Veteran legislator accused of offending the Muslim community in the East End of London by walking out of a wedding because men and women were segregated.
Labour dissidents take aim at MP over 'slap in face' to Muslims
LONDON // At just about the same moment in the closing stages of the British general election, two of the forces ranged against the troubled Labour government made their voices heard. An open-topped campaign bus carrying the socialist rebel George Galloway made its noisy progress along Cable Street, the scene 74 years ago of a famous battle from the history of British protest.
Around one corner, tea and croissants were being served in an internet cafe called Watney Enterprise as another Labour dissident, Kabir Mahmud, and supporters explained why they, too, are aiming to deepen the electoral gloom engulfing the prime minister, Gordon Brown. In ordinary times, Mr Galloway and Mr Mahmud would have been urging voters to put their faith in Jim Fitzpatrick, an outspoken former firefighter who has not only served the area as Labour MP for 13 years but risen through government ranks to the position of farming minister. But both are standing against him: Mr Galloway for the left-wing Respect Party and Mr Mahmud as an independent.
Mr Fitzpatrick's position is under threat for reasons that go beyond Labour's struggle to persuade the electorate as a whole to grant it a fourth successive term in power. For the new constituency of Poplar and Limehouse, based on the seat previously won by Mr Fitzpatrick but affected by boundary changes, is one where the large Muslim vote can make a real difference. And Mr Fitzpatrick's opponents say he is about to pay for two offences caused to many of those Muslim voters: support for the war in Iraq and a highly publicised gesture in walking out of a Muslim wedding because the men and women present were segregated.
Poplar and Limehouse stretches from Tower Hill in the west towards the 2012 Olympics site in the east. It includes some of the UK's most deprived neighbourhoods but also, along the banks of the Thames and, on the Isle of Dogs, pockets of prosperity. An estimated 35 per cent of the electorate is Muslim, most with roots in Bangladesh. "Everyday issues affecting ordinary people are the real reason Jim Fitzpatrick could lose," said Mr Mahmud, 42, who arrived in London from Bangladesh as a teenager. "But the way he dealt with the wedding felt like a slap in the face to a lot of Muslims."
Mr Fitzpatrick, 58, admits he handled the controversy "clumsily" but insists that fair-minded voters will prefer to judge him on his record of fighting for London Eastenders' interests, in the case of Muslims by "working for every mosque in planning applications, combating antisocial behaviour and graffiti and giving support on car parking for Friday prayers". When polling ends tomorrow, Mr Mahmud has no chance of being the victor, though he laughs off Mr Fitzpatrick's suggestion that he would do well to hang on to his deposit of £500 (Dh8,400), forfeited by any candidate failing to secure five per cent of the vote.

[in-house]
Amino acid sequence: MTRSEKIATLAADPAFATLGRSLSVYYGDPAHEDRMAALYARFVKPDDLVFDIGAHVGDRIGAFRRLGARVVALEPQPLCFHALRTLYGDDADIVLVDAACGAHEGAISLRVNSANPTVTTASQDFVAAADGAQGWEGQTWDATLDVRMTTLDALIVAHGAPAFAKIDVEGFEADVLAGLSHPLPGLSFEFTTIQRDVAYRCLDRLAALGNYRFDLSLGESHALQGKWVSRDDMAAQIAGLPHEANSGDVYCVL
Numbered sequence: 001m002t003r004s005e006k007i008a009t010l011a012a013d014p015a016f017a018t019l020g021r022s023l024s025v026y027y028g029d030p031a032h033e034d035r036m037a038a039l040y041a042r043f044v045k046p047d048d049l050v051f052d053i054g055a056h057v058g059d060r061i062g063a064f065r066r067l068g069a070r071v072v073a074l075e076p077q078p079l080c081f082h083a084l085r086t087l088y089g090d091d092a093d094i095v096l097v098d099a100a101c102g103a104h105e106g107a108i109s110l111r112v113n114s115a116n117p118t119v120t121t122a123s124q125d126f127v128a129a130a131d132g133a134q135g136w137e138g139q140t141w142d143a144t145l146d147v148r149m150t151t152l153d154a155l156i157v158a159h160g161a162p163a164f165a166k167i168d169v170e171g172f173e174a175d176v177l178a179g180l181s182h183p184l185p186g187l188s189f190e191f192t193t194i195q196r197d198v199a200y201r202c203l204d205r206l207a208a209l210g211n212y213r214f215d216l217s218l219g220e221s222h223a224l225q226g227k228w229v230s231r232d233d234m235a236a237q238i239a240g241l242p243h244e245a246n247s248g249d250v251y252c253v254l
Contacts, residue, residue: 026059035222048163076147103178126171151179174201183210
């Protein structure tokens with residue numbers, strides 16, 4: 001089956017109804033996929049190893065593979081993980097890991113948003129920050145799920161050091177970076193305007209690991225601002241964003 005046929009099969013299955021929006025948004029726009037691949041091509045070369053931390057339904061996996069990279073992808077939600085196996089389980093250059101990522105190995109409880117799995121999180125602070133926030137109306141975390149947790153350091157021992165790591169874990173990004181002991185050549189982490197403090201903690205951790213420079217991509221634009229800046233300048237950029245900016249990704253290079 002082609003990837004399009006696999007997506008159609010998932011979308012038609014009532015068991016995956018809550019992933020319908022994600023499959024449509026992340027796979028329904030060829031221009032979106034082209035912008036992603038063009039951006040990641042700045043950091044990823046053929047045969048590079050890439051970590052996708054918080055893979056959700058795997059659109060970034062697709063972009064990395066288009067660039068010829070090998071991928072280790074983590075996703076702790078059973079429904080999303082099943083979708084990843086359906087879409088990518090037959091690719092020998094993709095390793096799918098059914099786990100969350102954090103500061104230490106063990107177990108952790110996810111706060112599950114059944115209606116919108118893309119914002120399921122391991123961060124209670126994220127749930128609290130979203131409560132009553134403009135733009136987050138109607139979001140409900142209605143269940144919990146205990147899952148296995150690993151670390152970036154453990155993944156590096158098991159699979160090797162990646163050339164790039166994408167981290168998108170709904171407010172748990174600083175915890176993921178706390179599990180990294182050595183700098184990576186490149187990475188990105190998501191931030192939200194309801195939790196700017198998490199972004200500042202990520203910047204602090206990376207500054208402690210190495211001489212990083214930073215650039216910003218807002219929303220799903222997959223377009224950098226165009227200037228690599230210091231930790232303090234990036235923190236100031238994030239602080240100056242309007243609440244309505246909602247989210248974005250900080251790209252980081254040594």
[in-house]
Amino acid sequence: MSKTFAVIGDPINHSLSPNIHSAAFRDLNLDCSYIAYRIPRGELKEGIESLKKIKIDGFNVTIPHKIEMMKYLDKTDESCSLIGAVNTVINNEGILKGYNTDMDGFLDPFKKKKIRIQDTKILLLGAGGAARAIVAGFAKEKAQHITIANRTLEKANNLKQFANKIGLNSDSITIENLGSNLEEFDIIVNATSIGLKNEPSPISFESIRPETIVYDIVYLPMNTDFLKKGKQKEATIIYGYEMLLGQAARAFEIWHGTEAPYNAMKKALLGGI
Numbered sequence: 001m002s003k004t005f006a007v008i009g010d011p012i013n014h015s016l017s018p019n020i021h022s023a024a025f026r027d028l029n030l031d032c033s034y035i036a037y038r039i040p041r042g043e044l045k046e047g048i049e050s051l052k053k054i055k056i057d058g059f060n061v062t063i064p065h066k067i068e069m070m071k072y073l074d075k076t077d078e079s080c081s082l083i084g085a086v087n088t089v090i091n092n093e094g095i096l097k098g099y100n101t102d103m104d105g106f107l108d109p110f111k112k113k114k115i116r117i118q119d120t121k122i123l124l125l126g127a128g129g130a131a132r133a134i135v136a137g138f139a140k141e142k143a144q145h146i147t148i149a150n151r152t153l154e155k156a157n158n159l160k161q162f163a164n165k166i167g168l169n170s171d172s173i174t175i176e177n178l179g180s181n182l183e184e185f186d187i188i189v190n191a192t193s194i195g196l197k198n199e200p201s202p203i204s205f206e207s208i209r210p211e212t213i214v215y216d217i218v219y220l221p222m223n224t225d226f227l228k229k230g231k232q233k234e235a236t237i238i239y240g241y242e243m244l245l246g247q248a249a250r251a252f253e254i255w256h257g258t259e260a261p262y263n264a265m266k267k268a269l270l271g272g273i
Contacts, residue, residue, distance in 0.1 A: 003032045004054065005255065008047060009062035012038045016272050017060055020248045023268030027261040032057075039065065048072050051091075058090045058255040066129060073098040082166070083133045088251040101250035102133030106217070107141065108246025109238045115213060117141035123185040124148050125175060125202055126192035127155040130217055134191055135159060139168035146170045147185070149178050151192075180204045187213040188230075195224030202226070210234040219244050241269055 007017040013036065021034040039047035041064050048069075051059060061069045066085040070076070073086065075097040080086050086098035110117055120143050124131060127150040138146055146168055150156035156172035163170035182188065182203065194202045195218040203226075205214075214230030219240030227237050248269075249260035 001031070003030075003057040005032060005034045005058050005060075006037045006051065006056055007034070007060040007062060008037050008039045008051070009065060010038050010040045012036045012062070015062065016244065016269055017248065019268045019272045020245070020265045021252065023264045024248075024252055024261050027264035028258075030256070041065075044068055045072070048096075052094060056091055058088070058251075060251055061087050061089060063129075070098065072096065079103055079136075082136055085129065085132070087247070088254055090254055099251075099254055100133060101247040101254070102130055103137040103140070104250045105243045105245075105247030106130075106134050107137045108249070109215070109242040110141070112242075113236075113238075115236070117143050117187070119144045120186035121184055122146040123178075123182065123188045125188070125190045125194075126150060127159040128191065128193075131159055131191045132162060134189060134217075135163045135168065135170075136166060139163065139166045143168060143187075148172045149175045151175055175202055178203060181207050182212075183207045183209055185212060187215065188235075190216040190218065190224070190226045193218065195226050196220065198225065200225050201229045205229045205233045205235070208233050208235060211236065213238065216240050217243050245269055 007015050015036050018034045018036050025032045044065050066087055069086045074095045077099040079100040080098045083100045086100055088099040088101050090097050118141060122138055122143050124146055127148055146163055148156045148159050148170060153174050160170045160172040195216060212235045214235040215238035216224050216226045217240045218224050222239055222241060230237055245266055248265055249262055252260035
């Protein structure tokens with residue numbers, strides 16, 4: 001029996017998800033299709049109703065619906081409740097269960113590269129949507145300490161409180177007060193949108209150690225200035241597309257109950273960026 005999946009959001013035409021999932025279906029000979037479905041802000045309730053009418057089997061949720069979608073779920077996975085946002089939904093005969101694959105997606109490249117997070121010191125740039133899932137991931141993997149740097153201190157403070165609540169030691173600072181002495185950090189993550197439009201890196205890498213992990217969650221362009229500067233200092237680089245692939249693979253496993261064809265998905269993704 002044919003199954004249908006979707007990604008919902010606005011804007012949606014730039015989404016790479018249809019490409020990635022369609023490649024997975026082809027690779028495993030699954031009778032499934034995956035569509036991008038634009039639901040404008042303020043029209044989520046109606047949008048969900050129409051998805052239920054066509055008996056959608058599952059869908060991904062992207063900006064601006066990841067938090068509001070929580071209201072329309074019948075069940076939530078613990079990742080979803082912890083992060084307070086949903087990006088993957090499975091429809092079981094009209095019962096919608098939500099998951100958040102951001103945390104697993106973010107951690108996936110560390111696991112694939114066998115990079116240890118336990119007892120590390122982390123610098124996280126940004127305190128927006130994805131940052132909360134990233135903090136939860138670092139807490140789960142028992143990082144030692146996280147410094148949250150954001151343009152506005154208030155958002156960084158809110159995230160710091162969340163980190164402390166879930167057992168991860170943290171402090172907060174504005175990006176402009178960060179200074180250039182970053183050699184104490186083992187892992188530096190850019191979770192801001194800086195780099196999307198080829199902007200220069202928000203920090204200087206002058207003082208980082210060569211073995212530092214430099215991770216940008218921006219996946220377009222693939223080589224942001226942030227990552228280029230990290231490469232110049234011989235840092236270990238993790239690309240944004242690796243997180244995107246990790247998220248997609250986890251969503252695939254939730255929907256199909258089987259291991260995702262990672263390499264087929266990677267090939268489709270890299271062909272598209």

However, Mr Galloway, 55, who was expelled by Labour in 2003 after being accused of inciting "foreign forces to rise up against British troops", does claim to sense victory. He argues that Labour refuses to see that while British involvement in the war in Iraq is no longer a "toxic" issue nationally, it remains so for Muslims. Of the wedding row, he said "all the perfume in Arabia" could not expunge the harm Mr Fitzpatrick had caused. "Clumsy is the least one could say of someone who, invited to a wedding, does not just walk out but walks into the pages of The Sun and Daily Telegraph."
In the old constituency of Poplar and Canning Town, Mr Fitzpatrick had a majority of more than 7,000 in 2005, giving him 41 per cent of the total 38,000 turnout, almost double the support for the second-placed Conservatives. He concedes that his fellow Glaswegian, Mr Galloway, is an effective "international grandstander", has charisma and speaks powerfully. "You can never underestimate him," he said. "But I think the Muslim voters have seen through him."
In the streets of Poplar, the minister clearly still commands some support. "He's a good MP and works for everyone, not just for himself," said Suleman Ali, 54, a partner in a Bangladeshi clothes shop. "Whenever you have a problem, Mr Jim is ready to try to solve it." But leaving aside matters that Muslims feel most strongly about, Mr Fitzpatrick's government has not solved the scourges of youth unemployment, underachievement at school and insufficient housing.
"I have lost count of the jobs I've applied for," said Soyful Alom, 19, a part-time business student who will cast his first general election vote for Mr Mahmud. "I do feel British and the country's good, but I want change. The politicians don't know what they are doing." With the Liberal Democrats relatively weak in the constituency, the greatest beneficiary of a divided Labour vote could be the Conservatives.
Tim Archer, 35, is one of the modern breed of Conservatives. A former bank area director, he lives in the constituency and is his party's deputy leader in opposition on the local council. Poplar and Limehouse is on the Conservatives' list of 117 target seats notionally needed to gain an overall majority. "No one can win here without a great deal of support from Muslims," he said. "I am not doing anything to court that vote especially, but a lot of what we campaign on chimes well with Muslims: our support for traditional family values, small businesses and respect for law and order."